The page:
I took my first overt political action on my 8th birthday. My father had come to visit us in NYC. As the birthday boy, I got to choose the movie we would go see that night and I chose a documentary on Vietnam. I usually feel like I have fought the good fight, certainly more than most white folks. I was a leading voice against U.S intervention in Central America in the 1980s and organized perhaps the most significant action across the country at the time. I was arrested on multiple occasions for engaging in civil disobedience. I have spent much of the past twenty years of my professional life providing assistance to Indian Country, leading progressive organizations here in the PNW, serving on boards of important justice organizations.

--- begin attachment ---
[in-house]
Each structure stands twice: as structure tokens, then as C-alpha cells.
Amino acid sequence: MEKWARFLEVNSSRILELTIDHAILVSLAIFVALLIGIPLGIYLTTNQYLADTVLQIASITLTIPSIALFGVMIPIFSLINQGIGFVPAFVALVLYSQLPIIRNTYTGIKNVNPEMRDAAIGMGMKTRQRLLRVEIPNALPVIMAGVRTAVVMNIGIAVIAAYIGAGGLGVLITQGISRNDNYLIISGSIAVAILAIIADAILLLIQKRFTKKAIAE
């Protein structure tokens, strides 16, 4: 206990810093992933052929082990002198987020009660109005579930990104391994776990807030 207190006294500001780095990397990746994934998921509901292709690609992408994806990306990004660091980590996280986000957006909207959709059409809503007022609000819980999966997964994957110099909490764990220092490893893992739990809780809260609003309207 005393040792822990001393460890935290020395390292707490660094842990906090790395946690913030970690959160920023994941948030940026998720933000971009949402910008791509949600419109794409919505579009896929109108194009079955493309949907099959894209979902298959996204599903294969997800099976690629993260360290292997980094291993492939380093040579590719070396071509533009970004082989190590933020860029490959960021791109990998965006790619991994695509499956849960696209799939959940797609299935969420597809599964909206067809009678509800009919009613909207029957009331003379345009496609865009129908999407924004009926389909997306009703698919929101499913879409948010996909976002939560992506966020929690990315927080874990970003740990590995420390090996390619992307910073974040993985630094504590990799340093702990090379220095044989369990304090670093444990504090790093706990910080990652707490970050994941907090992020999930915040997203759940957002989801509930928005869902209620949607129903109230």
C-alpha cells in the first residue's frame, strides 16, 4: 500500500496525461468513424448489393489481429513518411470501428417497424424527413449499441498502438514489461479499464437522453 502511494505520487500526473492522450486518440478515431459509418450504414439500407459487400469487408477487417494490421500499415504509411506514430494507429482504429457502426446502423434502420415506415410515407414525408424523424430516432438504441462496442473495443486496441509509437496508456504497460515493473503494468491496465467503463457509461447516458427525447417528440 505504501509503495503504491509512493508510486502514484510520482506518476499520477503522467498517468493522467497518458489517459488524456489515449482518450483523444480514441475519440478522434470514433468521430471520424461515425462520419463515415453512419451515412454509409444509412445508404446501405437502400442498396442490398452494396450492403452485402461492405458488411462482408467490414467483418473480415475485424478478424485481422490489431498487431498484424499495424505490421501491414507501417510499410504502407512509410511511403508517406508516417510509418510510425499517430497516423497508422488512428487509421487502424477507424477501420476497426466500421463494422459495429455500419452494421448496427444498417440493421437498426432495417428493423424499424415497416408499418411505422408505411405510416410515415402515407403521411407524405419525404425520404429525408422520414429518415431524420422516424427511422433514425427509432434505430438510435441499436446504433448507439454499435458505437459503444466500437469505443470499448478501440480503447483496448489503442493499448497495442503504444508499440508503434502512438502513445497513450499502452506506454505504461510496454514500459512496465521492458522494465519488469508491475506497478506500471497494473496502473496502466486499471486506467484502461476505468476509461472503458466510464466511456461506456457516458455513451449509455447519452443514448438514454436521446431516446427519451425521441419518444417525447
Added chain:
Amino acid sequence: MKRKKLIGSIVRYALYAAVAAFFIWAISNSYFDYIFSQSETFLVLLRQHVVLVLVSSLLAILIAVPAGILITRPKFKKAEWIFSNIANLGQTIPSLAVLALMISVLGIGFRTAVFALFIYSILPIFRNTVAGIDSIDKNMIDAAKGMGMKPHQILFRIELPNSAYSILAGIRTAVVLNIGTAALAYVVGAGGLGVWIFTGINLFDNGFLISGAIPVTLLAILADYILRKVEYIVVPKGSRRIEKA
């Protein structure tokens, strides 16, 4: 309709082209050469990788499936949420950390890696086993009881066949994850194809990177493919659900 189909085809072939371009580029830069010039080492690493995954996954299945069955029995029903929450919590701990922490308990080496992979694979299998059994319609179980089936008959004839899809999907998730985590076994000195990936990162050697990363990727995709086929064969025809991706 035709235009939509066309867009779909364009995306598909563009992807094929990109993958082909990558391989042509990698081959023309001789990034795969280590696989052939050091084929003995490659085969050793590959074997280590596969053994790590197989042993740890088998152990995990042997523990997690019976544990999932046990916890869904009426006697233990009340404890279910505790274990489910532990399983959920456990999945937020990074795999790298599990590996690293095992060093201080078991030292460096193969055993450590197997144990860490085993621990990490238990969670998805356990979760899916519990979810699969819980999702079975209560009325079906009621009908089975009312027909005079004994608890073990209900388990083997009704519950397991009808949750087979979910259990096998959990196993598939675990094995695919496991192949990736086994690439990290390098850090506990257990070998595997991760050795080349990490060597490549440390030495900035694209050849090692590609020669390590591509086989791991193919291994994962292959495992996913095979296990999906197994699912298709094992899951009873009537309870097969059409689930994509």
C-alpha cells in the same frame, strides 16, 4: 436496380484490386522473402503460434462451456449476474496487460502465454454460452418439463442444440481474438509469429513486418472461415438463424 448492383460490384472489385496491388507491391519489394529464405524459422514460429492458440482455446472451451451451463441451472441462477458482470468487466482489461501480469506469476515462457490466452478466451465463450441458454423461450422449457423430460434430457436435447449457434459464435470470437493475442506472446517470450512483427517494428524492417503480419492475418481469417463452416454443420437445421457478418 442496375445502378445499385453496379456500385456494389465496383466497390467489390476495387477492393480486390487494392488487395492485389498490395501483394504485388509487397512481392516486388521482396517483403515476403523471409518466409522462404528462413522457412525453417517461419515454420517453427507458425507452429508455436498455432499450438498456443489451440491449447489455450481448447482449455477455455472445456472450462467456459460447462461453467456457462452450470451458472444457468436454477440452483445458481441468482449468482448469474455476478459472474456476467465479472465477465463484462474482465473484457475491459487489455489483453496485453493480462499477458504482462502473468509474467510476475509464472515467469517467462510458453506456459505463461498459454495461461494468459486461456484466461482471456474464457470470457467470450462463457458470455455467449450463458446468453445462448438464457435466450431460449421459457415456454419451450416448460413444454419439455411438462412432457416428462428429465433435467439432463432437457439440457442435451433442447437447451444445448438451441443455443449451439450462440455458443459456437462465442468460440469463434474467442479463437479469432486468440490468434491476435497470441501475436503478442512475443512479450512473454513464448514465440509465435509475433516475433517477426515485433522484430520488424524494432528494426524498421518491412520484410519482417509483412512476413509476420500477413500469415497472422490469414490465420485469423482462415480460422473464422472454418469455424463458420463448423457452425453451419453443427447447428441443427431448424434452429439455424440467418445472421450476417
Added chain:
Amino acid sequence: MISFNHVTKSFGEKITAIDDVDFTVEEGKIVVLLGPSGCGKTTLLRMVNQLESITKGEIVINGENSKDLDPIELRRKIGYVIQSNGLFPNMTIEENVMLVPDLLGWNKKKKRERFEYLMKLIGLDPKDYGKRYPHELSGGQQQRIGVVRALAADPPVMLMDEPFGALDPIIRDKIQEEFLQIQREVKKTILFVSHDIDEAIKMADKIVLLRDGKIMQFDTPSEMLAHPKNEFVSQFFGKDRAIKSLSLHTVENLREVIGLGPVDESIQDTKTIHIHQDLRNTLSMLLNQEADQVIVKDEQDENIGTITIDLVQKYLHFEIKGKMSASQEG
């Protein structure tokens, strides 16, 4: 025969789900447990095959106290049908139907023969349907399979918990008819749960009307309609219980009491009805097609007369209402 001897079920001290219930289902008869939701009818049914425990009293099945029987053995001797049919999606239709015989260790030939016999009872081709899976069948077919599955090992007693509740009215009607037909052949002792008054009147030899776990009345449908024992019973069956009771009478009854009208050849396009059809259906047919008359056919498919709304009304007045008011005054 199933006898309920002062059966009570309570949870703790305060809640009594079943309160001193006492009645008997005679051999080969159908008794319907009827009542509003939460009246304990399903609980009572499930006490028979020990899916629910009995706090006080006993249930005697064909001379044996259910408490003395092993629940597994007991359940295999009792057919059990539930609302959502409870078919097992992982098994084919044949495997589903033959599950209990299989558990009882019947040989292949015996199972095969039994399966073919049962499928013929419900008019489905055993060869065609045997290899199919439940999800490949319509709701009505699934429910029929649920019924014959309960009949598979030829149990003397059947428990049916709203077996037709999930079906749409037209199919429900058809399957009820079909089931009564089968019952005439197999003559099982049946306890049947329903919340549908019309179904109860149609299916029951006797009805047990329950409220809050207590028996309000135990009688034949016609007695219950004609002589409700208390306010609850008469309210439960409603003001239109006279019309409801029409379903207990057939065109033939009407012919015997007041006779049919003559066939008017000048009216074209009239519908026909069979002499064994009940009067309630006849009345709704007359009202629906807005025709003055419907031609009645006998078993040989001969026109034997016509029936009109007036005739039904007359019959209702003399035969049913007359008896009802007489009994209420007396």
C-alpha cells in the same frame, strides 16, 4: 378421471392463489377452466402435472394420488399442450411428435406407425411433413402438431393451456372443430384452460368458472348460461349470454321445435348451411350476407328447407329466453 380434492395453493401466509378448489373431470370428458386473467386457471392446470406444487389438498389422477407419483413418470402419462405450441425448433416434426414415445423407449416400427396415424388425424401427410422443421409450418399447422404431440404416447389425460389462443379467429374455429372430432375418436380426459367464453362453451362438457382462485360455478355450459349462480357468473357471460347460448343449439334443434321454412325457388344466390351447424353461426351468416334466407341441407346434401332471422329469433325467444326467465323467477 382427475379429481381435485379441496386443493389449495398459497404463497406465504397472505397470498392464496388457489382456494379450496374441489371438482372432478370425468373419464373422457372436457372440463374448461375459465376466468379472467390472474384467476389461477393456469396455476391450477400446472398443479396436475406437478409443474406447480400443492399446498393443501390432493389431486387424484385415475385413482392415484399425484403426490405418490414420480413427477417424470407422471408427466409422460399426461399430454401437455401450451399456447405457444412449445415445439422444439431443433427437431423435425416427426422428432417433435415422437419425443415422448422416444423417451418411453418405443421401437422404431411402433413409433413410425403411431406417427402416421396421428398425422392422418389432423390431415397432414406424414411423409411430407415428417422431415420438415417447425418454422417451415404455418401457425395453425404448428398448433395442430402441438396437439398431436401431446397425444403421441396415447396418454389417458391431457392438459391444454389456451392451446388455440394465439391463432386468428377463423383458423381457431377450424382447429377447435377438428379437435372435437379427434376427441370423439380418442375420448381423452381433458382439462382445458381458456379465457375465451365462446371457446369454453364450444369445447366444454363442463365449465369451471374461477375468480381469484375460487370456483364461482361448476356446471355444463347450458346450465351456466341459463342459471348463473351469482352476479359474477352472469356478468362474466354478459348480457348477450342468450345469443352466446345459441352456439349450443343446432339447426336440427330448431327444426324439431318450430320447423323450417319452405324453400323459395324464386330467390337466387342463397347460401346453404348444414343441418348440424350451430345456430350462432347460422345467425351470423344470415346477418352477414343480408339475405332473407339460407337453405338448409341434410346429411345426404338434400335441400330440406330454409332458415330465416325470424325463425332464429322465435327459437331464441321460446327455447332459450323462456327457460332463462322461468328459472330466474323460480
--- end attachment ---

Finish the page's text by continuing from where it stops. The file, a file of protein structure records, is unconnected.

AND, I also know that I did not put my life on hold as society continued to keep its metaphorical (and not so metaphorical) knee on the metaphorical (and not so metaphorical) neck of people of color. And so as I have reflected on this moment in history, I have felt extraordinarily conflicted and, for probably the first time in my life, guilty for not having done more – for not having put my life on hold while my brothers and sisters cannot breathe. Because isn’t that too a form a white privilege, i.e., not putting my life on hold while my brothers and sisters of color are in a literal and figurative chokehold?
My good friend, Joshua Lazerson, with whom I did some good organizing work back at Northwestern University in 1983/84, has penned a terrific essay that offers me some hope that maybe, just maybe, this time it will be different, that for the first time, the words activists and intellectuals have used to describe and decry the systemic racism of our society are available to and being used by large sections of white society. This is different. And this is hopeful. To read Words Matter, click here.